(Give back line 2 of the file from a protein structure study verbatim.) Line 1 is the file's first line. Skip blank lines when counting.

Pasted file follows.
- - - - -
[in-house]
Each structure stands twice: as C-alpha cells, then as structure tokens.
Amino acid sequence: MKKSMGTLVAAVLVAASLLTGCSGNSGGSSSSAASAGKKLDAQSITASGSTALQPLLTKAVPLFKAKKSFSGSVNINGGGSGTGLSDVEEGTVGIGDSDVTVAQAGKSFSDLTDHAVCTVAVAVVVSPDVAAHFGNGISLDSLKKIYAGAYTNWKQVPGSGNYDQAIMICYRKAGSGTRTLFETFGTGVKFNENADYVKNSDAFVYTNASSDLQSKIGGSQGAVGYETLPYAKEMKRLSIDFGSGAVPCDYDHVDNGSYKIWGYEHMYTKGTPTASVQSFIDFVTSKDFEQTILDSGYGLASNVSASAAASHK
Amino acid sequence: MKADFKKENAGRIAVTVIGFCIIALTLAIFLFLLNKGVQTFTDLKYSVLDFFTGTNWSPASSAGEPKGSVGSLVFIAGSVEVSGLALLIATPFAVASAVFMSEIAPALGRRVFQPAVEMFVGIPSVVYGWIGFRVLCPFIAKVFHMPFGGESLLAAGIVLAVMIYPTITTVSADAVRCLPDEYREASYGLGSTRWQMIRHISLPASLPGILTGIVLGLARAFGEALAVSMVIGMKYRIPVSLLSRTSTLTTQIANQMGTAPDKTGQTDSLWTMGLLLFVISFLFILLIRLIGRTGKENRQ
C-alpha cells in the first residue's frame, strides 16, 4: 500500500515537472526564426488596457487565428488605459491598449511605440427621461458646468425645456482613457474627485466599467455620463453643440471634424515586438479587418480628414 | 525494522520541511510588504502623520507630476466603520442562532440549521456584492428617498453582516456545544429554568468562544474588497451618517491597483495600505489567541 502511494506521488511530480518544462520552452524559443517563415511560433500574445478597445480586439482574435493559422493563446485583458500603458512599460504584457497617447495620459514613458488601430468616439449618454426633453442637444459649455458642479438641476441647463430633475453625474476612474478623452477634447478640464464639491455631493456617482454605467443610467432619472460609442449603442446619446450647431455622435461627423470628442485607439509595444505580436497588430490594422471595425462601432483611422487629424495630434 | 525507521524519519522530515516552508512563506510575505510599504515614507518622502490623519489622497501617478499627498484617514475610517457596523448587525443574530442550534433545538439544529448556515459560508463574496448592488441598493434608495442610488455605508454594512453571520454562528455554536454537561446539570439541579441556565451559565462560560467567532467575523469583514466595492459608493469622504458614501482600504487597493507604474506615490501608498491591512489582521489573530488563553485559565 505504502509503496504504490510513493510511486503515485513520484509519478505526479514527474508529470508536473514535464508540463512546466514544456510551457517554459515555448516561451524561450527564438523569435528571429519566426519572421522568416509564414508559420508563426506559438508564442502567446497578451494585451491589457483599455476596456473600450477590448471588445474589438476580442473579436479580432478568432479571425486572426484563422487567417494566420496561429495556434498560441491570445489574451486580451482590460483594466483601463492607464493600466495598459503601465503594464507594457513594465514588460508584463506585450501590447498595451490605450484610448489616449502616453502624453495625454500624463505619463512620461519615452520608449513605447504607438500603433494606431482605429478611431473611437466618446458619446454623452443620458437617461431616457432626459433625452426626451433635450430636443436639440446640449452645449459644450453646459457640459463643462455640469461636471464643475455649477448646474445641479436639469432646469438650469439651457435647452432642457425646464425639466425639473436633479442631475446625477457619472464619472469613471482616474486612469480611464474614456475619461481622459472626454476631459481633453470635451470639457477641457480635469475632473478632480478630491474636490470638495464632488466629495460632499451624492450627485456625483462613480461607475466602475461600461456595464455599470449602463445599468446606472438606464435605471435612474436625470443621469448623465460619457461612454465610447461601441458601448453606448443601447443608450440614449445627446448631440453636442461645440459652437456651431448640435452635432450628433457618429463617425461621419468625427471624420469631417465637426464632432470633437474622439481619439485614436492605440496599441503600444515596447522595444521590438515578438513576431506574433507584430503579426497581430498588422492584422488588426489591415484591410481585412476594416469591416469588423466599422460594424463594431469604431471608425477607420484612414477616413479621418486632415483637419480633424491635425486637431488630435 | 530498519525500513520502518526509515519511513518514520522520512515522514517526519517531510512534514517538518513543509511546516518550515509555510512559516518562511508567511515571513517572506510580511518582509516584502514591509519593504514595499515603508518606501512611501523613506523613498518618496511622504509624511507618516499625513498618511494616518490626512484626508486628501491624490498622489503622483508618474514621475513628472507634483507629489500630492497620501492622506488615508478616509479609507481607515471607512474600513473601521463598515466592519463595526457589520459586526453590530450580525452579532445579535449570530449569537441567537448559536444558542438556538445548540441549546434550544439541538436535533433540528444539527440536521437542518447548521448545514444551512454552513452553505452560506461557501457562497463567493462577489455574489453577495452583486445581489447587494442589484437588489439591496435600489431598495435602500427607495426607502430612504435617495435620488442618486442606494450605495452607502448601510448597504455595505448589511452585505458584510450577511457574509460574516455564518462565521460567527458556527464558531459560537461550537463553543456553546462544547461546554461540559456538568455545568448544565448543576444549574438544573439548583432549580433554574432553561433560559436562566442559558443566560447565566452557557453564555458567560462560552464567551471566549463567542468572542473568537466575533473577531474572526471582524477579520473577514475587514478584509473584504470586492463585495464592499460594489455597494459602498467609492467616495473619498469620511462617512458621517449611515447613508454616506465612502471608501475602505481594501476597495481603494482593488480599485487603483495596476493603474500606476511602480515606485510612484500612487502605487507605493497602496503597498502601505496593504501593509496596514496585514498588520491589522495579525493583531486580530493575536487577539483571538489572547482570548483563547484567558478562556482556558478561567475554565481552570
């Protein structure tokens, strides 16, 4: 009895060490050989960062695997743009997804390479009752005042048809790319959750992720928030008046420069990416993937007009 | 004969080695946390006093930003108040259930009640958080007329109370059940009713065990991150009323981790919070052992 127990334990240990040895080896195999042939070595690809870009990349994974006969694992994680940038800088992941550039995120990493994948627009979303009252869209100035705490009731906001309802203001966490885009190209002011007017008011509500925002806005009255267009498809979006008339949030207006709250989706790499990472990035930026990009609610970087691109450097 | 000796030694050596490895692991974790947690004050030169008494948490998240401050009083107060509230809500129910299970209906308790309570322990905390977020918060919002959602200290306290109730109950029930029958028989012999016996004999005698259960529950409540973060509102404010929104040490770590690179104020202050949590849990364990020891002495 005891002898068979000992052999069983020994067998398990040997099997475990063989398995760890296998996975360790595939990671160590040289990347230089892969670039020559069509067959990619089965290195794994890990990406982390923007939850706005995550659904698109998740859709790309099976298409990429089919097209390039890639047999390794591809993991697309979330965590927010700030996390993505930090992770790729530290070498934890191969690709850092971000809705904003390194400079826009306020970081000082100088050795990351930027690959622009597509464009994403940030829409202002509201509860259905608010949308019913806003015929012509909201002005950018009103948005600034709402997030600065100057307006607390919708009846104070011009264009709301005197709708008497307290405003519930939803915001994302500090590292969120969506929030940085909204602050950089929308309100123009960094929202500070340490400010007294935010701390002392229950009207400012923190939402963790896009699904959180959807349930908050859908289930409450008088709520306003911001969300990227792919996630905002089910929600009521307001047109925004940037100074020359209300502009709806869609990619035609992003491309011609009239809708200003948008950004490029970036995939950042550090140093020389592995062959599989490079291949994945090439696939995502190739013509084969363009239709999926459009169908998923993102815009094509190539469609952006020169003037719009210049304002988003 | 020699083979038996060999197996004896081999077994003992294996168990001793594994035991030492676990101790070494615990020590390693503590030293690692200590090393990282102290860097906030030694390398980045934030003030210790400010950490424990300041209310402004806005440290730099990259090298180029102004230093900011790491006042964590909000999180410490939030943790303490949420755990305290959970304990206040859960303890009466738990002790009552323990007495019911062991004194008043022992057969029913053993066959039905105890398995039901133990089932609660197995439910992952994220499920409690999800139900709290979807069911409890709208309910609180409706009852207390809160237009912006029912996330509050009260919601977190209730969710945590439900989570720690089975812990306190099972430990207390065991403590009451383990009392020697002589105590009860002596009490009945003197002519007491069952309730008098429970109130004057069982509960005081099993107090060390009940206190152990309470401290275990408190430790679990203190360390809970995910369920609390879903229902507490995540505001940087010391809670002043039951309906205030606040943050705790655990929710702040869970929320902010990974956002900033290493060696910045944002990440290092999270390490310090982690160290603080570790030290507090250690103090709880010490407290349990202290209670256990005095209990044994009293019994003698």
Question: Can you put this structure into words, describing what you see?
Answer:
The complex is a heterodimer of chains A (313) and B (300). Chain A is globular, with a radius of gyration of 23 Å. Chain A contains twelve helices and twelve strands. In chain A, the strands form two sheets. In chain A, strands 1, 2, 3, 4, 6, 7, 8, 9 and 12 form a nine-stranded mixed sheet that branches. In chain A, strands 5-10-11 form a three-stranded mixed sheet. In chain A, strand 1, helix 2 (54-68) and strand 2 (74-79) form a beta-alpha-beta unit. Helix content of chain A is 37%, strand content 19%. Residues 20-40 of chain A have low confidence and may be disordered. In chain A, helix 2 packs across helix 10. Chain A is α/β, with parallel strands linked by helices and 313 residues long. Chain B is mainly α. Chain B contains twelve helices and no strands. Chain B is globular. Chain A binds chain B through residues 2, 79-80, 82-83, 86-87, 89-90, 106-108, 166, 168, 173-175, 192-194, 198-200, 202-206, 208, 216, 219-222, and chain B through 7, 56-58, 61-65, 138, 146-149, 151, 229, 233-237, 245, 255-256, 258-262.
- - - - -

Each structure stands twice: as C-alpha cells, then as structure tokens.